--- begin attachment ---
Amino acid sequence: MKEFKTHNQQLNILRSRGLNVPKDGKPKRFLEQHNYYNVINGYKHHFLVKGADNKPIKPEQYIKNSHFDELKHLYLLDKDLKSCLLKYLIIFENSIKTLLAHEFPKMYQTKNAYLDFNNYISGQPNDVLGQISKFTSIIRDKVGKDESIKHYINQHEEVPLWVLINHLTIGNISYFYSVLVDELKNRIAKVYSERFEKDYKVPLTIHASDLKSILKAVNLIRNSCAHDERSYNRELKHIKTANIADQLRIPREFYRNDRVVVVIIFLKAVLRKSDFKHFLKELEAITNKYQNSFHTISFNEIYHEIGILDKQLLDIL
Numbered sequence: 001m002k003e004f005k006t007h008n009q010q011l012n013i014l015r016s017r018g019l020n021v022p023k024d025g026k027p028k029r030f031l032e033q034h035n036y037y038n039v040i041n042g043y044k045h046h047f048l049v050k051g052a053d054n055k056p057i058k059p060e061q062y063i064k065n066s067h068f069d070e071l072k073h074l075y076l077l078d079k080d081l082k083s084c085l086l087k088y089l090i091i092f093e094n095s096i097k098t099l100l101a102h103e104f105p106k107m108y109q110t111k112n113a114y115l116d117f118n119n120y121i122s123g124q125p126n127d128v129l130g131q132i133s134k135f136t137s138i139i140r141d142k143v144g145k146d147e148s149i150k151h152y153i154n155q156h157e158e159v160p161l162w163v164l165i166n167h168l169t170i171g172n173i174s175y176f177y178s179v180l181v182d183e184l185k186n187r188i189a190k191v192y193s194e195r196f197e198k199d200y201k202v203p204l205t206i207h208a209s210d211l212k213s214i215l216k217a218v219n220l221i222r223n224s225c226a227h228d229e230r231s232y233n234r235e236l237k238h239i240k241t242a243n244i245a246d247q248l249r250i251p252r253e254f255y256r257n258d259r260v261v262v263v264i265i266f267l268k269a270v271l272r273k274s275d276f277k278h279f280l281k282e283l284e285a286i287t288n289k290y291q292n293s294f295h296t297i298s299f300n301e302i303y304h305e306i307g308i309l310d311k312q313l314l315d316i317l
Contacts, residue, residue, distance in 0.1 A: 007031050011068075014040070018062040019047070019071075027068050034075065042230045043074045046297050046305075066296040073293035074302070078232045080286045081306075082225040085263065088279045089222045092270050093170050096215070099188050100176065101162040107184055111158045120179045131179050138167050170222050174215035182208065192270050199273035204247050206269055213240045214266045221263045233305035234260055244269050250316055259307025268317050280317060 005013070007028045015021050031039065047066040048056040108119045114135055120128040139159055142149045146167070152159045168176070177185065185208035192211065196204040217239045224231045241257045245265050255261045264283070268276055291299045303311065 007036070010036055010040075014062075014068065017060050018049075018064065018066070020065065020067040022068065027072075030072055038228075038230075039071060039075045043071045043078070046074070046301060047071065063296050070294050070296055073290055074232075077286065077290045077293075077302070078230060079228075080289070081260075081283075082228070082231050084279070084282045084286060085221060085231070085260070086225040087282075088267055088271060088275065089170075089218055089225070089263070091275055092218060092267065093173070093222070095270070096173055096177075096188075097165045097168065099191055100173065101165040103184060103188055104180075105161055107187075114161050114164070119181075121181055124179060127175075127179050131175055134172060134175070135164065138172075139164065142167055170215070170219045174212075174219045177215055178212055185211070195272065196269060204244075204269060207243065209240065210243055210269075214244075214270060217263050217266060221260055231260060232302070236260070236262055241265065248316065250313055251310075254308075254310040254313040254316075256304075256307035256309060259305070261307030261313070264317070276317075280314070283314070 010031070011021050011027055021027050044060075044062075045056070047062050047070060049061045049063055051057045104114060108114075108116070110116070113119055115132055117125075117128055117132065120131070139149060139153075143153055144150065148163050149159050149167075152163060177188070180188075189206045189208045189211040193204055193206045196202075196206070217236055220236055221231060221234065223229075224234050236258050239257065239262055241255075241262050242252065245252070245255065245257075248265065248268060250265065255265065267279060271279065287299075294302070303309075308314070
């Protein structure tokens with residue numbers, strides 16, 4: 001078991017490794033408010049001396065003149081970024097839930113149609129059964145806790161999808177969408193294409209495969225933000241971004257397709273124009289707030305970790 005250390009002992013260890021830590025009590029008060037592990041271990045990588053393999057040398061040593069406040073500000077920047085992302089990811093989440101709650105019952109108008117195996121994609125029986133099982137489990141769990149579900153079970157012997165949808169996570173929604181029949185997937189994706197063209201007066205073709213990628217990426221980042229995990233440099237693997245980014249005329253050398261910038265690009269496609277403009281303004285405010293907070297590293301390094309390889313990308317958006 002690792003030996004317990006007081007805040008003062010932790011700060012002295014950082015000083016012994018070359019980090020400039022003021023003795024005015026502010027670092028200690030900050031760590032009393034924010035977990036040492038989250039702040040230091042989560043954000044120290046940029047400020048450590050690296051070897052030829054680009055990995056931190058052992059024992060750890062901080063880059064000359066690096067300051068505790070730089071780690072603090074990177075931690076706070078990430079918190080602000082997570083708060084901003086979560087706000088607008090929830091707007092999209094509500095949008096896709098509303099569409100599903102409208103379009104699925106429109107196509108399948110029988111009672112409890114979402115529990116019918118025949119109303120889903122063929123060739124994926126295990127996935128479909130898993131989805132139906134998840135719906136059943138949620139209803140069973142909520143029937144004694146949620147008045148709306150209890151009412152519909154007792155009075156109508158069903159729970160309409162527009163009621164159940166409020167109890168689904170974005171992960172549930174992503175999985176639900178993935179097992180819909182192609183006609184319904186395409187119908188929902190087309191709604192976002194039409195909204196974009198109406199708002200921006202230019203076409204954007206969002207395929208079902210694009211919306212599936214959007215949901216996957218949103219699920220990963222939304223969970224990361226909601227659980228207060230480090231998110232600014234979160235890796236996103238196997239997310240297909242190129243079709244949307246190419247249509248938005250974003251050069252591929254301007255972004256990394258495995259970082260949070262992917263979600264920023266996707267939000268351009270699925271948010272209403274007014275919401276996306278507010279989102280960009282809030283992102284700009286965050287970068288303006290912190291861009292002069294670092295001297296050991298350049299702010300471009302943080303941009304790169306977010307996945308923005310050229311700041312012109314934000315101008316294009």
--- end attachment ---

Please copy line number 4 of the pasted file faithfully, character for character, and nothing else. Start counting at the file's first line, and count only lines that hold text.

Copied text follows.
């Protein structure tokens with residue numbers, strides 16, 4: 001078991017490794033408010049001396065003149081970024097839930113149609129059964145806790161999808177969408193294409209495969225933000241971004257397709273124009289707030305970790 005250390009002992013260890021830590025009590029008060037592990041271990045990588053393999057040398061040593069406040073500000077920047085992302089990811093989440101709650105019952109108008117195996121994609125029986133099982137489990141769990149579900153079970157012997165949808169996570173929604181029949185997937189994706197063209201007066205073709213990628217990426221980042229995990233440099237693997245980014249005329253050398261910038265690009269496609277403009281303004285405010293907070297590293301390094309390889313990308317958006 002690792003030996004317990006007081007805040008003062010932790011700060012002295014950082015000083016012994018070359019980090020400039022003021023003795024005015026502010027670092028200690030900050031760590032009393034924010035977990036040492038989250039702040040230091042989560043954000044120290046940029047400020048450590050690296051070897052030829054680009055990995056931190058052992059024992060750890062901080063880059064000359066690096067300051068505790070730089071780690072603090074990177075931690076706070078990430079918190080602000082997570083708060084901003086979560087706000088607008090929830091707007092999209094509500095949008096896709098509303099569409100599903102409208103379009104699925106429109107196509108399948110029988111009672112409890114979402115529990116019918118025949119109303120889903122063929123060739124994926126295990127996935128479909130898993131989805132139906134998840135719906136059943138949620139209803140069973142909520143029937144004694146949620147008045148709306150209890151009412152519909154007792155009075156109508158069903159729970160309409162527009163009621164159940166409020167109890168689904170974005171992960172549930174992503175999985176639900178993935179097992180819909182192609183006609184319904186395409187119908188929902190087309191709604192976002194039409195909204196974009198109406199708002200921006202230019203076409204954007206969002207395929208079902210694009211919306212599936214959007215949901216996957218949103219699920220990963222939304223969970224990361226909601227659980228207060230480090231998110232600014234979160235890796236996103238196997239997310240297909242190129243079709244949307246190419247249509248938005250974003251050069252591929254301007255972004256990394258495995259970082260949070262992917263979600264920023266996707267939000268351009270699925271948010272209403274007014275919401276996306278507010279989102280960009282809030283992102284700009286965050287970068288303006290912190291861009292002069294670092295001297296050991298350049299702010300471009302943080303941009304790169306977010307996945308923005310050229311700041312012109314934000315101008316294009």